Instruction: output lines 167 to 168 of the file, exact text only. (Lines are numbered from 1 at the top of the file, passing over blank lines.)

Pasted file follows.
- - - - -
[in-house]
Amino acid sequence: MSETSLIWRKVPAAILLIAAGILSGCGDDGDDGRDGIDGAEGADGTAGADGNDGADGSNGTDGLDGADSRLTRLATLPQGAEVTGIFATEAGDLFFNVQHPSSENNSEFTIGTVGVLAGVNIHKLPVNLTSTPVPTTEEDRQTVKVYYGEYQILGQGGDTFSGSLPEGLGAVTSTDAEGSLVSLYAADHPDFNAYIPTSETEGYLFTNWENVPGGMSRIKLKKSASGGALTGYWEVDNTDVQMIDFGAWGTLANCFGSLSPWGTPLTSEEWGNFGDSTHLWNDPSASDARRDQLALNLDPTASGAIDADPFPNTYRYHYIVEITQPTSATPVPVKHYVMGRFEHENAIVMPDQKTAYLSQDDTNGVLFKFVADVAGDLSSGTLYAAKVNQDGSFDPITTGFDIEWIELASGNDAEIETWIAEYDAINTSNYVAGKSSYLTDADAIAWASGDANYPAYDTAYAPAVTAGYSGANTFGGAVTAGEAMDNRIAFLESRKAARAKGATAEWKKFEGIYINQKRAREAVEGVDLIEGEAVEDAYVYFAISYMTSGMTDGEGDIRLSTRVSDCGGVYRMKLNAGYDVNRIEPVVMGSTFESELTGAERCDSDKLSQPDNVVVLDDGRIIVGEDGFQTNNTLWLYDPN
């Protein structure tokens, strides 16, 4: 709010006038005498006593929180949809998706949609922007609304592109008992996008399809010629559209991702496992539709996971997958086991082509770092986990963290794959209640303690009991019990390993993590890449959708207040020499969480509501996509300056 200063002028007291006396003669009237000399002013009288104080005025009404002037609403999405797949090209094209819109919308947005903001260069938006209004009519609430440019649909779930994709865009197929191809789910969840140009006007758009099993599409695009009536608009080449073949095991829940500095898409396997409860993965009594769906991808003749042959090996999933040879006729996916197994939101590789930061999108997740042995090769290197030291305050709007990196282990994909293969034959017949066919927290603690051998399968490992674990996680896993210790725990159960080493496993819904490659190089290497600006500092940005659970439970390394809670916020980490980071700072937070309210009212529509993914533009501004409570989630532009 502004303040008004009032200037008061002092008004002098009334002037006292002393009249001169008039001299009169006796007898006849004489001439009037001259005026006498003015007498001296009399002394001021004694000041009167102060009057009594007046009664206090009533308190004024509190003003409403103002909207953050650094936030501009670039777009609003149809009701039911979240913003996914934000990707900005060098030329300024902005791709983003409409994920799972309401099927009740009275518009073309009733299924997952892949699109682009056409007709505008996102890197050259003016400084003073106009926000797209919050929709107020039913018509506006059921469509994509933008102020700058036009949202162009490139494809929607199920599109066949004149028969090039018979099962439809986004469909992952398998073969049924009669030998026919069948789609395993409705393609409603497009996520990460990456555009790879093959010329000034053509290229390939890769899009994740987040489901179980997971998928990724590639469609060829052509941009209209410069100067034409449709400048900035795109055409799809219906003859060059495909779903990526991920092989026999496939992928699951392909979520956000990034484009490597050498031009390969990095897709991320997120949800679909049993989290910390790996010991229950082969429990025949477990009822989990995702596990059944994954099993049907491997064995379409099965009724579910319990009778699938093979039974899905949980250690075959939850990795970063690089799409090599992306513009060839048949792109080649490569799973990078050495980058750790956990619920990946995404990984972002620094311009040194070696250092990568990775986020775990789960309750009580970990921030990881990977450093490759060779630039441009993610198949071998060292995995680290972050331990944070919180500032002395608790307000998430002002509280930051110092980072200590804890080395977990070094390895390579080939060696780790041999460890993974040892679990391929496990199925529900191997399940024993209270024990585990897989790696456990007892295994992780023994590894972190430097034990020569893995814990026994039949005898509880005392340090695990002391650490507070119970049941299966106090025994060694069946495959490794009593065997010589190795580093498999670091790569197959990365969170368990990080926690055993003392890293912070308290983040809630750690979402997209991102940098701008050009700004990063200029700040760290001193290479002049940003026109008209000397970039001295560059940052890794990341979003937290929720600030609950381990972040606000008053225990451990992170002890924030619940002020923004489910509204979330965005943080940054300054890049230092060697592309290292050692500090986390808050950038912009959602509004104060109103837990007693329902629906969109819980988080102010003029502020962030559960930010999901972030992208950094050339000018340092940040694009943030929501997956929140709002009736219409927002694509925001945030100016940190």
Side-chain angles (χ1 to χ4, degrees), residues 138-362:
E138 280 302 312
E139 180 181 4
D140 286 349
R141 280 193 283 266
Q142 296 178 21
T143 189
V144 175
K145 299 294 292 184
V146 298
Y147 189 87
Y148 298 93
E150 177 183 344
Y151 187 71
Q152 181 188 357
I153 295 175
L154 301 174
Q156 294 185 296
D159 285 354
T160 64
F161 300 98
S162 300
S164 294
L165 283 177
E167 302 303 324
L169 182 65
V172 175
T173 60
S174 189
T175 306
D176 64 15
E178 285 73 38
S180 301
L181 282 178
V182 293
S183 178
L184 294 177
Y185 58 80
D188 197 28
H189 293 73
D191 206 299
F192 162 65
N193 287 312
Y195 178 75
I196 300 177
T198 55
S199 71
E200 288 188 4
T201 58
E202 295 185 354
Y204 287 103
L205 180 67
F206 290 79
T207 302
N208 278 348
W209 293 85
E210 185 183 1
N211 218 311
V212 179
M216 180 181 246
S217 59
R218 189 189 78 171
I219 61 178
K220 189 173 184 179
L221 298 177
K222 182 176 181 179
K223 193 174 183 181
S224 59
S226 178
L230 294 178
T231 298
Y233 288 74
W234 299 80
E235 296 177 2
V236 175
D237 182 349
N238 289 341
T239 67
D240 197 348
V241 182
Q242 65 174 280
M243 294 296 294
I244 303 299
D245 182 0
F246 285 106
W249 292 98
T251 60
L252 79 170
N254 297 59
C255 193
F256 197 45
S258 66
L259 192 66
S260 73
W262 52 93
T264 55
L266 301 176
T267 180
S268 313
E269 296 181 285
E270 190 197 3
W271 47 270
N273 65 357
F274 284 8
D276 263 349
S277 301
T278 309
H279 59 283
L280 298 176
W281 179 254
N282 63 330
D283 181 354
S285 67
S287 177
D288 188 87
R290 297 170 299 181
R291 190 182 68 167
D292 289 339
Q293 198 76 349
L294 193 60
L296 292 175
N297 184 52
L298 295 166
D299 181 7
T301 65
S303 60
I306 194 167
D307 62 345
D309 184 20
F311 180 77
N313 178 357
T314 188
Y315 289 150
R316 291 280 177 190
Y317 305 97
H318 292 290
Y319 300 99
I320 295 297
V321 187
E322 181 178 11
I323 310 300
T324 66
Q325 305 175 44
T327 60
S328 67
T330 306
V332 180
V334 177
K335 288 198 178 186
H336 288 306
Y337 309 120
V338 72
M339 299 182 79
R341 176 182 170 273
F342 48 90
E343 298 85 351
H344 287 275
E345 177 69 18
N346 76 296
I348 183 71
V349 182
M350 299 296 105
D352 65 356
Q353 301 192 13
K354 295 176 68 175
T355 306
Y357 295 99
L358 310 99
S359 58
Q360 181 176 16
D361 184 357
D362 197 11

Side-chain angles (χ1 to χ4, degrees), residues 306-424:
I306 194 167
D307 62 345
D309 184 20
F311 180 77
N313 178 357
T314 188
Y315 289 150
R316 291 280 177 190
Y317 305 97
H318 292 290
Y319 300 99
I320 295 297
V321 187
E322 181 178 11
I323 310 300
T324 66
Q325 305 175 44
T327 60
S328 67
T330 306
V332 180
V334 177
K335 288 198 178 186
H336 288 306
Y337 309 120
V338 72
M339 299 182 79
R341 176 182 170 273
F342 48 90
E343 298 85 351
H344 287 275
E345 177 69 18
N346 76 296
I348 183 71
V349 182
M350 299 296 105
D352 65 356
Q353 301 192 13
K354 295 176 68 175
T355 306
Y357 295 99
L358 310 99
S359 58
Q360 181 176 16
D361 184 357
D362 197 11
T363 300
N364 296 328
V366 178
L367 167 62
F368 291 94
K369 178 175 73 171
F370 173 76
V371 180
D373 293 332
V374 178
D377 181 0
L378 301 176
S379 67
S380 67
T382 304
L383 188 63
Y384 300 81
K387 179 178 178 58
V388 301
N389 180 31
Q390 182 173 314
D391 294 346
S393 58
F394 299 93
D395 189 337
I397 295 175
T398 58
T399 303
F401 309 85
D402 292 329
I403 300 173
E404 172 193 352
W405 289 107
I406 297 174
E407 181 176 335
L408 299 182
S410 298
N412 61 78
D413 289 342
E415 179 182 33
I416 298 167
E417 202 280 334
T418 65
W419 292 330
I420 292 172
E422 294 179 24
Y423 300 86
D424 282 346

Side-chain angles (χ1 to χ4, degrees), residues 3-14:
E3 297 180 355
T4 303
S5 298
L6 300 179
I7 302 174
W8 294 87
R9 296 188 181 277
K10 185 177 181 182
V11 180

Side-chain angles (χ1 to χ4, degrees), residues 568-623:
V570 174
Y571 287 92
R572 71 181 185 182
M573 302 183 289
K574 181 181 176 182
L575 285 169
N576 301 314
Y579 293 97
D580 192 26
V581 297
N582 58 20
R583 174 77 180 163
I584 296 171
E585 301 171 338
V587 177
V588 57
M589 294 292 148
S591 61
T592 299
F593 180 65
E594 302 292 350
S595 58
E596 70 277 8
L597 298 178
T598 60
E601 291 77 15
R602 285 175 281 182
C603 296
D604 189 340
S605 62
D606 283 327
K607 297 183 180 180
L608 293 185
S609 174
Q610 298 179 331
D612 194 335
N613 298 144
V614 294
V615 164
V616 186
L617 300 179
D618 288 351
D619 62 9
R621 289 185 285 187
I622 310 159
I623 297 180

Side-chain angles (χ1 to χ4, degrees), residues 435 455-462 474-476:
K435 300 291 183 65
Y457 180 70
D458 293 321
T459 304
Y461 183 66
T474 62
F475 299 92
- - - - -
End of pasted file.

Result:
Q353 301 192 13
K354 295 176 68 175